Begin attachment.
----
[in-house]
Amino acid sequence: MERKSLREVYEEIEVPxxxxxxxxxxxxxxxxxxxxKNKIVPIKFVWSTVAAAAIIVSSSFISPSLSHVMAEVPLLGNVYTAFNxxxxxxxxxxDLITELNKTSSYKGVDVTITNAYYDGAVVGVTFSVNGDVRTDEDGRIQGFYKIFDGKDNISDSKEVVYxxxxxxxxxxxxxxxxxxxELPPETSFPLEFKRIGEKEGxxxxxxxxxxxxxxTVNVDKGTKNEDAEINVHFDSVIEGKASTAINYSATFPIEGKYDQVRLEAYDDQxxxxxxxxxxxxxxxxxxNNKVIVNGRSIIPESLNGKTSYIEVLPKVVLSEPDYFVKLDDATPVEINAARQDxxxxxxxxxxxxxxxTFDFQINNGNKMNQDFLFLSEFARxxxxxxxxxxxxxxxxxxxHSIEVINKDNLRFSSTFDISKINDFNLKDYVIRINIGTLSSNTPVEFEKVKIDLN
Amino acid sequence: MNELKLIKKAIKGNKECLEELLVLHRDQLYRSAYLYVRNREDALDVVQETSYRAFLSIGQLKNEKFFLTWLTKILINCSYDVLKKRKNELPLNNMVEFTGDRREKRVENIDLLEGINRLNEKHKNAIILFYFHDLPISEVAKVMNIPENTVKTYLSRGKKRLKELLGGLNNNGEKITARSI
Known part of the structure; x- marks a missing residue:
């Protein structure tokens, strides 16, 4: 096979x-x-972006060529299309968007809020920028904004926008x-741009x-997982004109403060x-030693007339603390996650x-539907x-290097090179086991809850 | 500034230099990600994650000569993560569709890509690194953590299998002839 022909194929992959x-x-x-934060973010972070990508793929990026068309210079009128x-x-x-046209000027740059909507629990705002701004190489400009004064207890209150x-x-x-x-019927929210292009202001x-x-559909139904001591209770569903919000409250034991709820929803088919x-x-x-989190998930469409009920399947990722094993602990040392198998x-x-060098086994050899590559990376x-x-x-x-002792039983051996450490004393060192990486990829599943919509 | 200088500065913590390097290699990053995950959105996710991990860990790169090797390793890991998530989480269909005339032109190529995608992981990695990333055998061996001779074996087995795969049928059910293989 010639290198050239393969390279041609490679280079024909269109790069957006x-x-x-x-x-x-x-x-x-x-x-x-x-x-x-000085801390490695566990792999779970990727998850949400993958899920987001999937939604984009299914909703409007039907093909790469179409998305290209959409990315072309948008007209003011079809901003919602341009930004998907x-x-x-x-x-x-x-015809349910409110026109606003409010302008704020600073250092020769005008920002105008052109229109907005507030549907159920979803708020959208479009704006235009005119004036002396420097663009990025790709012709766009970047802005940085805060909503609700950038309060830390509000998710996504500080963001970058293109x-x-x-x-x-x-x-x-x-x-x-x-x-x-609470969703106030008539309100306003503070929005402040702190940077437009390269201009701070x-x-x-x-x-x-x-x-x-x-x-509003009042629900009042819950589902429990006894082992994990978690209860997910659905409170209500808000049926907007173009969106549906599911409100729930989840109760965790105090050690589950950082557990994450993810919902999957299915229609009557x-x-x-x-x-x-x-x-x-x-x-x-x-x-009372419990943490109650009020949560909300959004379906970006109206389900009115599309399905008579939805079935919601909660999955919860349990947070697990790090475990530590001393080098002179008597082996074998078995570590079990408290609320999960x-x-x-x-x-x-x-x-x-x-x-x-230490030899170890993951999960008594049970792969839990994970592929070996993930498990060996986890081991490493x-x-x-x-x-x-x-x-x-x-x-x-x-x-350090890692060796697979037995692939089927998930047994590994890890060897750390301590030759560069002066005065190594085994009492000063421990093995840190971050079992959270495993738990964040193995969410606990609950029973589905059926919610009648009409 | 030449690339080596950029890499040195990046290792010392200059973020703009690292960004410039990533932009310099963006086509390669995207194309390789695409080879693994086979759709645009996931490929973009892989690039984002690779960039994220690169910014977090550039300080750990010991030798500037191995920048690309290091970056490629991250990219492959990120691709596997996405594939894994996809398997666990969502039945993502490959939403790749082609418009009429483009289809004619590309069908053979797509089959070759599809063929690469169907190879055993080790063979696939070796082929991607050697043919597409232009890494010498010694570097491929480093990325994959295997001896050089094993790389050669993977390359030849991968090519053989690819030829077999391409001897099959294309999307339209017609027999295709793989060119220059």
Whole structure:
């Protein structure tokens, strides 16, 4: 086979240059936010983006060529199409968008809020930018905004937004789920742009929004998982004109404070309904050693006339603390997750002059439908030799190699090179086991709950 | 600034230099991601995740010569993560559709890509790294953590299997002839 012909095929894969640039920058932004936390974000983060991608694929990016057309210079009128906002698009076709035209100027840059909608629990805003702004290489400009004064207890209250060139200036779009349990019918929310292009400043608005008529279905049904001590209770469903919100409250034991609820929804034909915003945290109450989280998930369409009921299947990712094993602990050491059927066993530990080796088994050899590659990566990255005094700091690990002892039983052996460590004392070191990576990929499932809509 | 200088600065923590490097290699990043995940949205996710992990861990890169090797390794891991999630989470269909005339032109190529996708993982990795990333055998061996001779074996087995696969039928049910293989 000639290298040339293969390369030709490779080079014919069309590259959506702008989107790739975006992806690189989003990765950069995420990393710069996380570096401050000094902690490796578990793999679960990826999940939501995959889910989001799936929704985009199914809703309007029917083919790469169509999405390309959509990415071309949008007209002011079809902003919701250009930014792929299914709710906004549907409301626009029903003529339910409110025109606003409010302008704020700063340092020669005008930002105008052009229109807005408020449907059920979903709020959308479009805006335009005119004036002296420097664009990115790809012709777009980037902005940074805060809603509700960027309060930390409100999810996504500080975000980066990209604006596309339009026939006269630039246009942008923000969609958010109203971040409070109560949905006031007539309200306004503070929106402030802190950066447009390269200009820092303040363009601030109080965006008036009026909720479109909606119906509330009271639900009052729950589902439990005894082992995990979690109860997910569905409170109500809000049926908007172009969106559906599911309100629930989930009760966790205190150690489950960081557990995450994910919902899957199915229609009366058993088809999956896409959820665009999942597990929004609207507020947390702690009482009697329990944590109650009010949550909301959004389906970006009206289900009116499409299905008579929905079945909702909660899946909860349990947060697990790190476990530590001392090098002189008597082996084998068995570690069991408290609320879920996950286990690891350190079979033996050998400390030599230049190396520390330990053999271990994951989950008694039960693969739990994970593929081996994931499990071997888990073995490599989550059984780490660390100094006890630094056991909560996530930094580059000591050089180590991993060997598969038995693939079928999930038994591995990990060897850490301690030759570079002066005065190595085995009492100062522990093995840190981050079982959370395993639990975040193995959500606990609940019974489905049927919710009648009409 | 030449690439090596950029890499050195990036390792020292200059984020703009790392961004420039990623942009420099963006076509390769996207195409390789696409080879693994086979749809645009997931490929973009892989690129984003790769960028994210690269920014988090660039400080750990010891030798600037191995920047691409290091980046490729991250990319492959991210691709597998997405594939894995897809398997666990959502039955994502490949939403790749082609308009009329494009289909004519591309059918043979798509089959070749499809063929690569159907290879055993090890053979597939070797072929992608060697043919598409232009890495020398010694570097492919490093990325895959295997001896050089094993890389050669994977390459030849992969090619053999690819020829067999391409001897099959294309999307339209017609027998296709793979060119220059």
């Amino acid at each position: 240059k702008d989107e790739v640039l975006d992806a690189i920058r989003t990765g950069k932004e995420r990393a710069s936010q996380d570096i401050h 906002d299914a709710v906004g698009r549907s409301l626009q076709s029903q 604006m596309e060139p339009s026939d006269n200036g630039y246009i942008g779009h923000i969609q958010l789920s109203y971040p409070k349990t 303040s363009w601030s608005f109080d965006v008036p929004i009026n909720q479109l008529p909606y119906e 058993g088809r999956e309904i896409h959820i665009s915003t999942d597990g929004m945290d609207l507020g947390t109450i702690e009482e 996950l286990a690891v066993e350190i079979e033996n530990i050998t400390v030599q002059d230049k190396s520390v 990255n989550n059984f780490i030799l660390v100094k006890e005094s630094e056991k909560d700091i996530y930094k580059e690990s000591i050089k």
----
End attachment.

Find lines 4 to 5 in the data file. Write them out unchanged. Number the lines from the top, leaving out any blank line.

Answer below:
Known part of the structure; x- marks a missing residue:
């Protein structure tokens, strides 16, 4: 096979x-x-972006060529299309968007809020920028904004926008x-741009x-997982004109403060x-030693007339603390996650x-539907x-290097090179086991809850 | 500034230099990600994650000569993560569709890509690194953590299998002839 022909194929992959x-x-x-934060973010972070990508793929990026068309210079009128x-x-x-046209000027740059909507629990705002701004190489400009004064207890209150x-x-x-x-019927929210292009202001x-x-559909139904001591209770569903919000409250034991709820929803088919x-x-x-989190998930469409009920399947990722094993602990040392198998x-x-060098086994050899590559990376x-x-x-x-002792039983051996450490004393060192990486990829599943919509 | 200088500065913590390097290699990053995950959105996710991990860990790169090797390793890991998530989480269909005339032109190529995608992981990695990333055998061996001779074996087995795969049928059910293989 010639290198050239393969390279041609490679280079024909269109790069957006x-x-x-x-x-x-x-x-x-x-x-x-x-x-x-000085801390490695566990792999779970990727998850949400993958899920987001999937939604984009299914909703409007039907093909790469179409998305290209959409990315072309948008007209003011079809901003919602341009930004998907x-x-x-x-x-x-x-015809349910409110026109606003409010302008704020600073250092020769005008920002105008052109229109907005507030549907159920979803708020959208479009704006235009005119004036002396420097663009990025790709012709766009970047802005940085805060909503609700950038309060830390509000998710996504500080963001970058293109x-x-x-x-x-x-x-x-x-x-x-x-x-x-609470969703106030008539309100306003503070929005402040702190940077437009390269201009701070x-x-x-x-x-x-x-x-x-x-x-509003009042629900009042819950589902429990006894082992994990978690209860997910659905409170209500808000049926907007173009969106549906599911409100729930989840109760965790105090050690589950950082557990994450993810919902999957299915229609009557x-x-x-x-x-x-x-x-x-x-x-x-x-x-009372419990943490109650009020949560909300959004379906970006109206389900009115599309399905008579939805079935919601909660999955919860349990947070697990790090475990530590001393080098002179008597082996074998078995570590079990408290609320999960x-x-x-x-x-x-x-x-x-x-x-x-230490030899170890993951999960008594049970792969839990994970592929070996993930498990060996986890081991490493x-x-x-x-x-x-x-x-x-x-x-x-x-x-350090890692060796697979037995692939089927998930047994590994890890060897750390301590030759560069002066005065190594085994009492000063421990093995840190971050079992959270495993738990964040193995969410606990609950029973589905059926919610009648009409 | 030449690339080596950029890499040195990046290792010392200059973020703009690292960004410039990533932009310099963006086509390669995207194309390789695409080879693994086979759709645009996931490929973009892989690039984002690779960039994220690169910014977090550039300080750990010991030798500037191995920048690309290091970056490629991250990219492959990120691709596997996405594939894994996809398997666990969502039945993502490959939403790749082609418009009429483009289809004619590309069908053979797509089959070759599809063929690469169907190879055993080790063979696939070796082929991607050697043919597409232009890494010498010694570097491929480093990325994959295997001896050089094993790389050669993977390359030849991968090519053989690819030829077999391409001897099959294309999307339209017609027999295709793989060119220059």